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Working on venus and beyond - SiC electronics for extreme environments
KTH, School of Engineering Sciences (SCI), Physics, Particle and Astroparticle Physics.ORCID iD: 0000-0002-0406-0962
KTH, School of Electrical Engineering and Computer Science (EECS), Electronics, Integrated devices and circuits.ORCID iD: 0000-0001-8108-2631
KTH, School of Electrical Engineering and Computer Science (EECS).ORCID iD: 0000-0002-5845-3032
2017 (English)In: Proceedings of the International Astronautical Congress, IAC, International Astronautical Federation, IAF , 2017, p. 10393-10398Conference paper, Published paper (Refereed)
Abstract [en]

Venus is our closest planet, but we know much less about it than about Mars. The main reason for this is the extreme conditions, with a dense atmosphere of mainly CO2 at 92 bar atmosphere and 460 °C temperature at the surface. Only six spacecraft have succeeded to land on Venus and transmit data back to Earth; however none survived for long due to the high temperature. Venera-13 has the record, with 127 minutes at the surface of Venus in 1982. There are many compelling reasons to learn more about the sister planet of Earth, which requires measurements over months rather than minutes on the surface of Venus. Perhaps the single-most challenging task for long-term data taking on the surface of Venus is to build electronics that can operate at temperatures up to 500 °C without cooling. It seems that such technology must be based on wide bandgap semiconductors, such as GaN, SiC or diamond. At KTH, research with SiC devices and integrated circuits has been done for more than 20 years, demonstrating high voltage devices and digital integrated circuit operation at 600 °C. In 2014 the project Working On Venus launched, with funding from Knut and Alice Wallenberg Foundation. The goal is to demonstrate all the electronics for a complete working lander, with all electronics from sensors through amplifiers and analog-to-digital converters to microcontroller with memory and radio, including power supply. The particular sensors the project has in mind are seismic, gas and image sensors. So far, a 200 device level integration has been demonstrated at 500 °C and a 5000+ device level 4 bit microcontroller is being fabricated in an in-house bipolar technology. As for all devices for space, radiation is another concern. SiC integrated circuits have survived exposure to 3 MeV protons with fluences of 1013 cm-2 and gamma rays with doses of 332 Mrad. The dedicated project SUPERHARD IC will study manufacture methods for radiation hardened instrument components that could go beyond Venus, for example for Jovian system exploration. Members of Working on Venus are discussing with scientists seeking opportunities for a Venus Long-Life Surface Package (lander). In 2016 a response was submitted to ESA's Call for New Scientific Ideas.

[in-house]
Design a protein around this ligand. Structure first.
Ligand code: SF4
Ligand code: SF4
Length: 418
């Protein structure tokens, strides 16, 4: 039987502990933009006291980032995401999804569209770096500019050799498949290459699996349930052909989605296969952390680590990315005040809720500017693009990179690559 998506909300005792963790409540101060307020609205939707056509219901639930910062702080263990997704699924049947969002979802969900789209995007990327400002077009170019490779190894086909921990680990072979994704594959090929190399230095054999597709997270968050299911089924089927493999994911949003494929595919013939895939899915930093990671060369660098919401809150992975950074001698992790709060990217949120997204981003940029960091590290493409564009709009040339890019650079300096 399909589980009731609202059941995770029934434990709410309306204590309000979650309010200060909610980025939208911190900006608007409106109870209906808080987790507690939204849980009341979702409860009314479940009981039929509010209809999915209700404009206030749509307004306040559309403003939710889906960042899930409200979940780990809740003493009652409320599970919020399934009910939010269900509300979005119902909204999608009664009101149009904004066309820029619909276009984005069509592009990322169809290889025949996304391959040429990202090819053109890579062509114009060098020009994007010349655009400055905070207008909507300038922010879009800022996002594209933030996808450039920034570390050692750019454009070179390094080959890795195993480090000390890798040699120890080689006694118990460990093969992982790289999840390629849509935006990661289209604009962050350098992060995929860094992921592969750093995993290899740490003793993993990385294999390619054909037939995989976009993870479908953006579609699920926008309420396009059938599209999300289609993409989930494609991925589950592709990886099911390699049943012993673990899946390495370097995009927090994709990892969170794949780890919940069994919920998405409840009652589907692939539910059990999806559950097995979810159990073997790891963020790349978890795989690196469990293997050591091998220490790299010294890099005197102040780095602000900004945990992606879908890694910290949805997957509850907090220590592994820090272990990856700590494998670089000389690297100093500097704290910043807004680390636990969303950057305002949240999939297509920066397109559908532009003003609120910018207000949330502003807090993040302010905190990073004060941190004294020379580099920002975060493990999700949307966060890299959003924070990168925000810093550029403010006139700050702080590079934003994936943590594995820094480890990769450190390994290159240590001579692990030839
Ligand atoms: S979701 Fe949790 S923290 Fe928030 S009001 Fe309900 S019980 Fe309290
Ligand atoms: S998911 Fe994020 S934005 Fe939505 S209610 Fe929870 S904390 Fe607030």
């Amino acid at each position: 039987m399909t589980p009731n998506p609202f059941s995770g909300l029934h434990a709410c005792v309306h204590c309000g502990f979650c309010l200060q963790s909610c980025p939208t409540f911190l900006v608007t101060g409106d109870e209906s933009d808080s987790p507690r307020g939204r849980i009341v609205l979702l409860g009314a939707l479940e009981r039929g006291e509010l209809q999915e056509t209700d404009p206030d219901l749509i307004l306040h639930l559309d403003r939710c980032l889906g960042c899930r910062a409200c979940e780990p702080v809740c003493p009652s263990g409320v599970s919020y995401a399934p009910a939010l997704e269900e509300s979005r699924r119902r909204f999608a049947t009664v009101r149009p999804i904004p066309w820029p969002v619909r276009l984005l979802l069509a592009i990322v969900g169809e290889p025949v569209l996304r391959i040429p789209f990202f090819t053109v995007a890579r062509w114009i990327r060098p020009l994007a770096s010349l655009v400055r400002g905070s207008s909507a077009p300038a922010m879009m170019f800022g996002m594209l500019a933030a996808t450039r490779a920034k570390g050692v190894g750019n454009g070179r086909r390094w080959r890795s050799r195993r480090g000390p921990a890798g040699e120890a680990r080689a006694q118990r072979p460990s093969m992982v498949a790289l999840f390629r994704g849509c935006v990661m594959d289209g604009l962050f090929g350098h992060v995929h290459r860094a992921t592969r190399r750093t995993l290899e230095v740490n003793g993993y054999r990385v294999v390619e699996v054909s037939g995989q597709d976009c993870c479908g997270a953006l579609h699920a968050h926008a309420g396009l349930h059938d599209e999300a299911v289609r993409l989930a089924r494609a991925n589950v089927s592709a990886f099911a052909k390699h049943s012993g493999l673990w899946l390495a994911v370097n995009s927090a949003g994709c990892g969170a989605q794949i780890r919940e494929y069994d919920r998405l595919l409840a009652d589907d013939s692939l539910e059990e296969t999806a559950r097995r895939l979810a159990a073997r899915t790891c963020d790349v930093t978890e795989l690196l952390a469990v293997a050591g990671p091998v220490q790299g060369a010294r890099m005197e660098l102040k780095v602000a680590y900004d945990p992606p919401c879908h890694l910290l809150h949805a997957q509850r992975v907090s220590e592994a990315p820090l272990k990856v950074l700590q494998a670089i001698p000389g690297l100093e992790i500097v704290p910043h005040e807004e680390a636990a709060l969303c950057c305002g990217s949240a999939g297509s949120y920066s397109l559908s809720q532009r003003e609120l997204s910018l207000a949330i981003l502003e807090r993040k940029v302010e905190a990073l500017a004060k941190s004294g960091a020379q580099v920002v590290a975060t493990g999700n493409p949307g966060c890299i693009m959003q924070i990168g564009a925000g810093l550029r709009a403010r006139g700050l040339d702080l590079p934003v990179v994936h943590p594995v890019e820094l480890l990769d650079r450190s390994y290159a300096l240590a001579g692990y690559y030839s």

Place, publisher, year, edition, pages
International Astronautical Federation, IAF , 2017. p. 10393-10398
Keywords [en]
High-temperature, Lander, Planetary probe, Silicon carbide, Venus, Analog to digital conversion, Atmospheric temperature, Digital devices, Digital integrated circuits, Digital radio, Electronic cooling, Gamma rays, III-V semiconductors, Microcontrollers, Petroleum prospecting, Planetary landers, Planets, Semiconducting gallium compounds, Semiconducting silicon compounds, Space flight, Spacecraft power supplies, Analog to digital converters, Extreme conditions, Extreme environment, High temperature, High voltage devices, Planetary probes, Wide band gap semiconductors
National Category
Astronomy, Astrophysics and Cosmology
Identifiers
URN: urn:nbn:se:kth:diva-236802Scopus ID: 2-s2.0-85051506191ISBN: 9781510855373 (print)OAI: oai:DiVA.org:kth-236802DiVA, id: diva2:1270913
Conference
68th International Astronautical Congress: Unlocking Imagination, Fostering Innovation and Strengthening Security, IAC 2017, 25 September 2017 through 29 September 2017
Note

QC 20181214

Available from: 2018-12-14 Created: 2018-12-14 Last updated: 2018-12-14Bibliographically approved

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Fuglesang, ChristerZetterling, Carl-MikaelÖstling, Mikael

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Particle and Astroparticle PhysicsIntegrated devices and circuitsSchool of Electrical Engineering and Computer Science (EECS)
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